Chief marketing officer, Sun Microsystems Inc.

Sun Microsystems Inc. will announce a series of initiatives later today at its quarterly Network Computing Web event including a utility-computing offering and a new pricing structure for Java Enterprise System. In a pre-briefing with ITWorld Canada, Anil Gadre, Sun’s chief marketing officer, said the launch is part of Sun’s strategy to simplify offerings while still sticking to its vision that the network is the computer. I think we are seeing a whole new round of capability.Anil Gadre>Text

Probably the biggest announcement is around Sun’s grid-utility strategy of selling CPU cycles for US$1 per hour. Sun is building four centres, one of which is in Toronto. Gadre called it a “bring your own bits model.” Unlike other offerings where the user is constrained by vendor-specific applications that a customer must use, Sun’s model lets users send along their own algorithms and data sets.

“I think we are seeing a whole new round of capability,” he said.

Illuminata Inc. senior analyst Gordon Haff agreed, but with some caveats. “What I see is very interesting for certain types of applications.” Haff said the poster child for this type of setup is compute-intensive image rendering used in movie making.

Similar computational requirements can also be found in the life sciences, where data can be broken down and run in parallel, he said.

“Conceptually this isn’t entirely new but what hasn’t been proven…is how widespread this is going to become for commercial computer applications,” Haff said. There are many hurdles to be overcome, not the least of which is the corporate tradition of being slow to change and accept new business models, he said. Haff calls it the “we’ve always done it this way” scenario. Security is another big hurdle, though more perceived than real. A more legitimate concern is the limit to what kinds of applications are naturally suited to being hosted on external grids since many applications are tightly linked to others and tend not to operate in silos, he said.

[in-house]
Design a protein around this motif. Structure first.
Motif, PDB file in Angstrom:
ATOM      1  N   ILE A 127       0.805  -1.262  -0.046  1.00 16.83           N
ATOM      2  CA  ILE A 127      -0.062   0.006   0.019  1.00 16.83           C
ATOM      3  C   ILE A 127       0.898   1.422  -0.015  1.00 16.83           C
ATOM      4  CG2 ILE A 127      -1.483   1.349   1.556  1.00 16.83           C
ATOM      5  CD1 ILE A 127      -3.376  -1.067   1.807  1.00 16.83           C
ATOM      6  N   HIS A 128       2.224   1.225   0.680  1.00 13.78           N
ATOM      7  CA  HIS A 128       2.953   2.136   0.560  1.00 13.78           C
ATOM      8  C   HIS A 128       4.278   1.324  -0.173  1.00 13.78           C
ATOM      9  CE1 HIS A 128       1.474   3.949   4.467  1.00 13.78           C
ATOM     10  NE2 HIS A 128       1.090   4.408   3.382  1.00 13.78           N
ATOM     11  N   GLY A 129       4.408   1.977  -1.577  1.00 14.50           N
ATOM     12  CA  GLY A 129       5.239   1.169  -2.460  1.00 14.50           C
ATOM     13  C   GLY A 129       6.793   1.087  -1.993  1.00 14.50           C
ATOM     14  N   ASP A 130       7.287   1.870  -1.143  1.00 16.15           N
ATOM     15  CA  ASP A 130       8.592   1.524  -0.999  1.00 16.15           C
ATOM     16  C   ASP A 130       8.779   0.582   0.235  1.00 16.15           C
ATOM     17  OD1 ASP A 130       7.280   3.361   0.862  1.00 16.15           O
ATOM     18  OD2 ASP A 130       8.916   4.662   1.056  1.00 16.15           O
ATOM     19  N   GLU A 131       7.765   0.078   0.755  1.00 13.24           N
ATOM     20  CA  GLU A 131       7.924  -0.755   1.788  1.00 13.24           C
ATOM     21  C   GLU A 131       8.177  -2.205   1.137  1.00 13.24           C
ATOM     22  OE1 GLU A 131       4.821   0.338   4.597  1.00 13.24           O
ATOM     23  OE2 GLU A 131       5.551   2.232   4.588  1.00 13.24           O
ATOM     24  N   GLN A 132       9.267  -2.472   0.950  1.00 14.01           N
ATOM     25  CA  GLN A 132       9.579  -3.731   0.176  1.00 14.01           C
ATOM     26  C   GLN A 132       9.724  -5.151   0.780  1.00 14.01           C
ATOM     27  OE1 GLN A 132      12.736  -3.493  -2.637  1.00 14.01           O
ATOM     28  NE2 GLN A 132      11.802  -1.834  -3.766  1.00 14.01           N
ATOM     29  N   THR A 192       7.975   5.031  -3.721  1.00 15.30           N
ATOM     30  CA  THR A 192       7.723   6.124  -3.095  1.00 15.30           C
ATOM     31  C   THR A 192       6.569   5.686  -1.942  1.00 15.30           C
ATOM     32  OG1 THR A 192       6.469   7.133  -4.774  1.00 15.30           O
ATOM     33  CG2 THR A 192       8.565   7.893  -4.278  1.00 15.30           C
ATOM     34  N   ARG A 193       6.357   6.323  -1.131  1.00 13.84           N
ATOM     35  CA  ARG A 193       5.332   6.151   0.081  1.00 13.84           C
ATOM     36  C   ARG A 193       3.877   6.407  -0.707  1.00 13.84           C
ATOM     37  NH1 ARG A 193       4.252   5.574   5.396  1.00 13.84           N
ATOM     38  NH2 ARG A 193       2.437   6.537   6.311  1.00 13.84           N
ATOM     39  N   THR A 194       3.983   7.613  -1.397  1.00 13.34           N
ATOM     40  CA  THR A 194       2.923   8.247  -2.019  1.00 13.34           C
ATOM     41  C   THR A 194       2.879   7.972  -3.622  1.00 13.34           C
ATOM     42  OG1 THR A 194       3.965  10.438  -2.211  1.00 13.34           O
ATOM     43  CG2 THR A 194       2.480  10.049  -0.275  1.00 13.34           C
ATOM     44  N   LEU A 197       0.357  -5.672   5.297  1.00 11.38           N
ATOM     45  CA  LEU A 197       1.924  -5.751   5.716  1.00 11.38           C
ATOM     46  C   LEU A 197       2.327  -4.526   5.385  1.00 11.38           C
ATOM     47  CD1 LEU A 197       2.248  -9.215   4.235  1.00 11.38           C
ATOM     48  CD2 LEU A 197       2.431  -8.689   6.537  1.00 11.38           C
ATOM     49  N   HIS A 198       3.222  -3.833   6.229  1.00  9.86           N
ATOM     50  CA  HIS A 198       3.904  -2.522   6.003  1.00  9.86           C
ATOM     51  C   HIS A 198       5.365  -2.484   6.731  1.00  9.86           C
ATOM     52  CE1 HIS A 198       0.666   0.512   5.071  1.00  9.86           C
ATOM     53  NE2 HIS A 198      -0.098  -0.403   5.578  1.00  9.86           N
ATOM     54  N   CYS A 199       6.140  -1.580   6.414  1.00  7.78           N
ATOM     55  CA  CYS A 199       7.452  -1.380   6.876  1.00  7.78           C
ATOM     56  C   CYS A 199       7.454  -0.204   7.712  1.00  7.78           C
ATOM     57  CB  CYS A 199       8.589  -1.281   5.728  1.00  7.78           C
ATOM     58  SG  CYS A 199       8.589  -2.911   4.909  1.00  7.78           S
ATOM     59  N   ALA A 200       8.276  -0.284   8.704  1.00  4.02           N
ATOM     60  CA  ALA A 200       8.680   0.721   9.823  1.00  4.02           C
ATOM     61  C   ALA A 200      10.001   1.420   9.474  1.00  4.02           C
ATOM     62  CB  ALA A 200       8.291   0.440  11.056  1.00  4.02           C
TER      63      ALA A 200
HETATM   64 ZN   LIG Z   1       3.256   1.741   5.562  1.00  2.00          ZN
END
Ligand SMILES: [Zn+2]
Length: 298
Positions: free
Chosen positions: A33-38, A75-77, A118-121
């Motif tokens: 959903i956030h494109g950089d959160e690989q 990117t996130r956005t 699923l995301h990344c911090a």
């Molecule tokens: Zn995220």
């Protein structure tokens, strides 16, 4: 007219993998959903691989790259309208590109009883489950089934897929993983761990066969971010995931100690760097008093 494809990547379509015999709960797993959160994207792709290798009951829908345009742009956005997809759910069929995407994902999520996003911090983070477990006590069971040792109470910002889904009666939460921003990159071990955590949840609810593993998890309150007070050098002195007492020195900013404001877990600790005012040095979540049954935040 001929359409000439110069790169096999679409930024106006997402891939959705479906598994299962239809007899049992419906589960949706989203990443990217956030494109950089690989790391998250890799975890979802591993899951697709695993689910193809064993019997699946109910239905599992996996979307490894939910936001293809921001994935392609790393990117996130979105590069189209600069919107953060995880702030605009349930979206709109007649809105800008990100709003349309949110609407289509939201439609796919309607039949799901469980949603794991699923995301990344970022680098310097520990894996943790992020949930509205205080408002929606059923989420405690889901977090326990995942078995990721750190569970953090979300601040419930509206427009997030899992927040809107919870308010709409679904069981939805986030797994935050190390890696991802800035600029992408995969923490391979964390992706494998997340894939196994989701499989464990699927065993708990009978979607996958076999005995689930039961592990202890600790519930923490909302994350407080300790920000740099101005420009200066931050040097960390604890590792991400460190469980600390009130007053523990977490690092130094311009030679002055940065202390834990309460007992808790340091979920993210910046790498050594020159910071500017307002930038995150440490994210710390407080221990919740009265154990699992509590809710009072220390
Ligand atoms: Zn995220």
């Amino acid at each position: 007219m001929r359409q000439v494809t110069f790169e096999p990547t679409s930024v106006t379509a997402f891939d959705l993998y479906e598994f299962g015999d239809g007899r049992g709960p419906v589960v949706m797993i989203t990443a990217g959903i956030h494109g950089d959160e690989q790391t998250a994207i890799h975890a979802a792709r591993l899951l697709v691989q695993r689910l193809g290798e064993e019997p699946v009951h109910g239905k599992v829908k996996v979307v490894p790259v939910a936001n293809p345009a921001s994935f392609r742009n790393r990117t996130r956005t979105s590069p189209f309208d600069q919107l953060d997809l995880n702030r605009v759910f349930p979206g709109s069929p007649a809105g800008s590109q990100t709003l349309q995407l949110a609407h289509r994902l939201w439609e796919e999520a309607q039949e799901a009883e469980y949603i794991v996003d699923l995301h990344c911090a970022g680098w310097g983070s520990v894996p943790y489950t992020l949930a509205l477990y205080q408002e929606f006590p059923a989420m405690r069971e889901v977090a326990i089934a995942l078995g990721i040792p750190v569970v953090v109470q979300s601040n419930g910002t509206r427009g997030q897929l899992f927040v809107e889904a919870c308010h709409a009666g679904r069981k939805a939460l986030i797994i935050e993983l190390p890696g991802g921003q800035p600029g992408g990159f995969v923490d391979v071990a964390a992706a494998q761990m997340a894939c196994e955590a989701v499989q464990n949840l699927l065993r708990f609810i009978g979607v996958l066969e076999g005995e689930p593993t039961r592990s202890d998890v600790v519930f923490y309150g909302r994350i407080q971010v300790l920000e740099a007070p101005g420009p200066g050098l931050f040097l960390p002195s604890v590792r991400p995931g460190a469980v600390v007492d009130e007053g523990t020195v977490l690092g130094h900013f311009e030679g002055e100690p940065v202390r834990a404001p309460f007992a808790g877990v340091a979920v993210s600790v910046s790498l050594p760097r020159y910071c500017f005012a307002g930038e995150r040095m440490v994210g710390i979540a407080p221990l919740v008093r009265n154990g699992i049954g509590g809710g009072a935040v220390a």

For example, he said, companies like, which may need extreme compute power a few times a year might not be ideal candidates. “I’d speculate…it would probably solve only part of what Amazon needs to scale up to at Christmas.”

Sun plans on making the offering available to the general public in June.

Sun is also going to announce a more “holistic approach to a corporate IT infrastructure” for its services arm, Gadre said. Companies that agree to certain process or training improvements will get what Gadre called the “equivalent of a non-smoker or good driver discount built in” to the service agreement pricing model.

Haff said this sort of agreement already happens with most large-scale clients but that it is usually ad hoc and lacks a formal pricing structure. Mid-market companies tend not to be able to get this sort of preferential treatment, he said. “But actually it makes a lot of sense in today’s environment.”

Sun is also going to announce a new pricing structure for Java Enterprise System. Companies will now be able to buy one service (say network identity services) for US$50 per user, per year instead of having to buy the whole suite of offerings, Gadre said.

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